Real-Time Machine Learning: Not Quite Ready for Prime Time


There are two types of real-time machine learning systems. One type makes predictions in real-time, the other updates models in real-time.

By its very nature, it seems natural that machine learning would inherently be a real-time technology. However, when it comes to putting it to use, confusion reigns.

“There seems to be little consensus on what real-time ML means, and there hasn’t been a lot of in-depth discussion on how it’s done in the industry,” Chip Huyen, computer scientist, Stanford professor, and machine learning expert with Snorkel.AI, explained in a recent post titled: Machine learning is going real-time.

See also: QA Increasingly Benefits from AI and Machine Learning

For starters, Huyen notes there are two levels of real-time machine learning:

  • “Level 1: Your ML system makes predictions in real-time (online predictions).
  • Level 2: Your system can incorporate new data and update your model in real-time (online learning).”

Level-1 real-time ML is the most common approach, but the challenge arises with many companies “switching from batch processing to stream processing, from request-driven architecture to event-driven architecture,” Huyen says. Stream processing is tied to the popularity of Kafka and Flink, but adoption is spotty at best. The reasons for slow adoption, she says, include the following:

  • The benefits of streaming are unclear: They may not have applications that benefit from online predictions, or, if they have such applications, “but have never done online predictions before.”
  • Real-time streaming infrastructure requires investment: “Infrastructure updates are expensive and can jeopardize existing applications. Managers might not be willing to invest to upgrade their infra to allow online predictions.”
  • Moving to streaming requires a “mental shift:” “Switching from batch processing to stream processing requires a mental shift,” Huyen says. “With batch processing, you know when a job is done. With stream processing, it’s never done. With batch processing, you can have well-defined tables and join them, but in streaming, there are no tables to join, then what does it mean to do a join operation on two streams?”P

Huyen has some recommendations for incorporating real-time predictions into enterprises: speed up inference, with a “model that can make predictions in the order of milliseconds,” and adopt a “real-time pipeline that can process data, input it into the model, and return a prediction in real-time.” In addition, she advises making models smaller to fit on edge devices, and simply making hardware faster.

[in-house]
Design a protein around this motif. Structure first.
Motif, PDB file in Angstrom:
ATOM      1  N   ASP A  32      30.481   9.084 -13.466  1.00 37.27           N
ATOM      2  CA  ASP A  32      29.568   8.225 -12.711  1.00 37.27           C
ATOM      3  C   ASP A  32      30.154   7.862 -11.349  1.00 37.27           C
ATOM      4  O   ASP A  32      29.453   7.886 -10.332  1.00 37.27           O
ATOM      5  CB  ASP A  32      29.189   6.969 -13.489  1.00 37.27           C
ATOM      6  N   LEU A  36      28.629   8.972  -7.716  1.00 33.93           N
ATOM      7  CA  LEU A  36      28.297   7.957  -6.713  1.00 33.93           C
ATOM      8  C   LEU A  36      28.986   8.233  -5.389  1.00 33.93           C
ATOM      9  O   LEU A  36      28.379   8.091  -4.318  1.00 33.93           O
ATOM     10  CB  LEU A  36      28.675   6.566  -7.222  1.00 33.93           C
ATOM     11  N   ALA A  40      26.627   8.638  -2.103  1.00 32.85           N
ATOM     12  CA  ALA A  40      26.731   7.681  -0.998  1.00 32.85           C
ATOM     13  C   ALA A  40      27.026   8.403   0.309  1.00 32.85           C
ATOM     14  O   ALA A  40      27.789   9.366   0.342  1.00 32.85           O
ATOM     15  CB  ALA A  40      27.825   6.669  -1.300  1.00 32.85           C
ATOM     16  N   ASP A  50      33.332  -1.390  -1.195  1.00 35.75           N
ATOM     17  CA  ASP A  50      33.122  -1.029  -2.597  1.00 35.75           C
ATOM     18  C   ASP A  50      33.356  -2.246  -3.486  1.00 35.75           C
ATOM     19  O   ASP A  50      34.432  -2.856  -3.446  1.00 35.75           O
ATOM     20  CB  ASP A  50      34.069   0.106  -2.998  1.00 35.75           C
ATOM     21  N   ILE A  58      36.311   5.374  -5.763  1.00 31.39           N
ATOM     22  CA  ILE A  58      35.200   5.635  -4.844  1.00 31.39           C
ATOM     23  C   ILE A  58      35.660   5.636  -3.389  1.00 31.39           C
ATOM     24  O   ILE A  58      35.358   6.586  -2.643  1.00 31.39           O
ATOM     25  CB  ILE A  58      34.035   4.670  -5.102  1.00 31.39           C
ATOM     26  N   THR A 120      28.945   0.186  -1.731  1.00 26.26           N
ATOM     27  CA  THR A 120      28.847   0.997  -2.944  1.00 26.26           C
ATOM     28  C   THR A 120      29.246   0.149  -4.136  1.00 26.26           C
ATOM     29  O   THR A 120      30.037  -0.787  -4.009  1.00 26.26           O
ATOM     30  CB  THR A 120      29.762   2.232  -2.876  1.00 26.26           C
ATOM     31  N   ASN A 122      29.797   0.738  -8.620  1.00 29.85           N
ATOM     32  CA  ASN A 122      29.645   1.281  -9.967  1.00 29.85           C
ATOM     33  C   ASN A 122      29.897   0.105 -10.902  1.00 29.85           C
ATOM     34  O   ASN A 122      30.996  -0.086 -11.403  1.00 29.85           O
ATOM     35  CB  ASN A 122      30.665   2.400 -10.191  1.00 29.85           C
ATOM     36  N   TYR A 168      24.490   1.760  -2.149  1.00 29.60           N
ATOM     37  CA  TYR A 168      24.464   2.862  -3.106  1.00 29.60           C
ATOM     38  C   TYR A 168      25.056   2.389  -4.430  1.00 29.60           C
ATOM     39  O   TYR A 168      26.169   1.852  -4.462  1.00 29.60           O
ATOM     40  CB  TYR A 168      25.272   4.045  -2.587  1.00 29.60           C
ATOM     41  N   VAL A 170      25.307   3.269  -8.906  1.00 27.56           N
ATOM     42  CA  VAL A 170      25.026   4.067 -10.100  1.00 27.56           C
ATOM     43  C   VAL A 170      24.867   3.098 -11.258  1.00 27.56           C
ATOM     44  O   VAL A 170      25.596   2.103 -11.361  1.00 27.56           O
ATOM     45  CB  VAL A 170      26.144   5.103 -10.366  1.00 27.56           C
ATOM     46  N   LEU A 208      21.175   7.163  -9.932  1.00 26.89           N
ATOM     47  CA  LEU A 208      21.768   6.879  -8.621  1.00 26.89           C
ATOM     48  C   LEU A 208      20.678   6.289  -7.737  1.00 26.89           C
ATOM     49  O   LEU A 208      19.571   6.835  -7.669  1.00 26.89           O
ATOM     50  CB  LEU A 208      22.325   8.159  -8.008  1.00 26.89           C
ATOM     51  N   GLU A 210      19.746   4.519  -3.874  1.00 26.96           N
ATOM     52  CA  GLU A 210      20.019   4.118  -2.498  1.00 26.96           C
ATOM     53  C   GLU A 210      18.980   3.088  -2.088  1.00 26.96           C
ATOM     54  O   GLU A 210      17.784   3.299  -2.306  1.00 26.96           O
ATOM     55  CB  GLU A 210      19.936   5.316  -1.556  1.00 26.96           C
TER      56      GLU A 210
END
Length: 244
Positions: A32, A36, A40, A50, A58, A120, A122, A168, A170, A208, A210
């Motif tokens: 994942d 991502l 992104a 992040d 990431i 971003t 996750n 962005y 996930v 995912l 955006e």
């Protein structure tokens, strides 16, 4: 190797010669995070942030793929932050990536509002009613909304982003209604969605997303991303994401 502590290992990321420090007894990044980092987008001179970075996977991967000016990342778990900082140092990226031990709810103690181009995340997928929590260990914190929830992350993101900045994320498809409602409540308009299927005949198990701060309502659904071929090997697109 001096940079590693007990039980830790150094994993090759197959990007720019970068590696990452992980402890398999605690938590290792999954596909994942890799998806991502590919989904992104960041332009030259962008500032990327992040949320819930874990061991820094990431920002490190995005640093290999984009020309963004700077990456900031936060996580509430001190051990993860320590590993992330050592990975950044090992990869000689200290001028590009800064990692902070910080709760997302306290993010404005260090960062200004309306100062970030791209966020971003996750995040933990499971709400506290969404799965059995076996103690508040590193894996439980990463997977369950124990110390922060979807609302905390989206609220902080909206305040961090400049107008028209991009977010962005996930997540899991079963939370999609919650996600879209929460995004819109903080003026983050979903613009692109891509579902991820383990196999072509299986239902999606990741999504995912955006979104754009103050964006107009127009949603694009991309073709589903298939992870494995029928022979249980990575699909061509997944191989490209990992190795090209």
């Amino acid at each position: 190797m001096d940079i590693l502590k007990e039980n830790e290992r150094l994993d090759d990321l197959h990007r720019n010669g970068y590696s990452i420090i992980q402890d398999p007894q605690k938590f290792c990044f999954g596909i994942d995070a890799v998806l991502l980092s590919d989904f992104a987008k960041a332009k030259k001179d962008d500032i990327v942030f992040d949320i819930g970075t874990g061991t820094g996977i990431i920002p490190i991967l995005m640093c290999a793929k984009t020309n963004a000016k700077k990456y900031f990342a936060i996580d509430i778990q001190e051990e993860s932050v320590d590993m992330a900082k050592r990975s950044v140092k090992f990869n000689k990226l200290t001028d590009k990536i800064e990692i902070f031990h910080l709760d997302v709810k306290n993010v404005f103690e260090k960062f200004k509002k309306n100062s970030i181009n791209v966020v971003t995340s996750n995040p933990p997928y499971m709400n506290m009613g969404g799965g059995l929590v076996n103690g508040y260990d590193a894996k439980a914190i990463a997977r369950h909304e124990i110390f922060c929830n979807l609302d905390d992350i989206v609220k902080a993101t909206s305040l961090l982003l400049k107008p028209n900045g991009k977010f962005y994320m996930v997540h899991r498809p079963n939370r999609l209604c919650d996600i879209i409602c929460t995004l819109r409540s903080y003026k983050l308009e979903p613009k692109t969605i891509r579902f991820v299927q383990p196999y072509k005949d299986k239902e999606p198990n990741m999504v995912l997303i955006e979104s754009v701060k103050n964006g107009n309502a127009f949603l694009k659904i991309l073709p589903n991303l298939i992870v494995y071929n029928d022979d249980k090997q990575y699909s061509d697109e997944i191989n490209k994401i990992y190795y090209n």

Level 2 real-time ML (online learning) is actually rare at this time, Huyen states. “Very, very few companies actually do this because this method suffers from catastrophic forgetting – neural networks abruptly forget previously learned information upon learning new information.” Plus, she adds, “it can be more expensive to run a learning step on only one data point than on a batch (this can be mitigated by having hardware just powerful enough to process exactly one data point).”

Another challenge is “online learning flips a lot of what we’ve learned about machine learning on its head,” Huyen continues. “In online learning, there’s no epoch – your model sees each data point only once. There’s no such thing as convergence either. Your underlying data distribution keeps on shifting. There’s nothing stationary to converge to.”

In terms of use cases, “recommendation systems are perfect candidates for online learning,” she adds. “They have natural labels – if a user clicks on a recommendation, it’s a correct prediction. Not all recommendation systems need online learning. User preferences for items like houses, cars, flights, hotels are unlikely to change from a minute to the next, so it would make little sense for systems to continually learn. However, user preferences for online content – videos, articles, news, tweets, posts, memes – can change very quickly.”


About Joe McKendrick

Joe McKendrick is RTInsights Industry Editor and industry analyst focusing on artificial intelligence, digital, cloud and Big Data topics. His work also appears in Forbes an Harvard Business Review. Over the last three years, he served as co-chair for the AI Summit in New York, as well as on the organizing committee for IEEE's International Conferences on Edge Computing. (full bio). Follow him on Twitter @joemckendrick.

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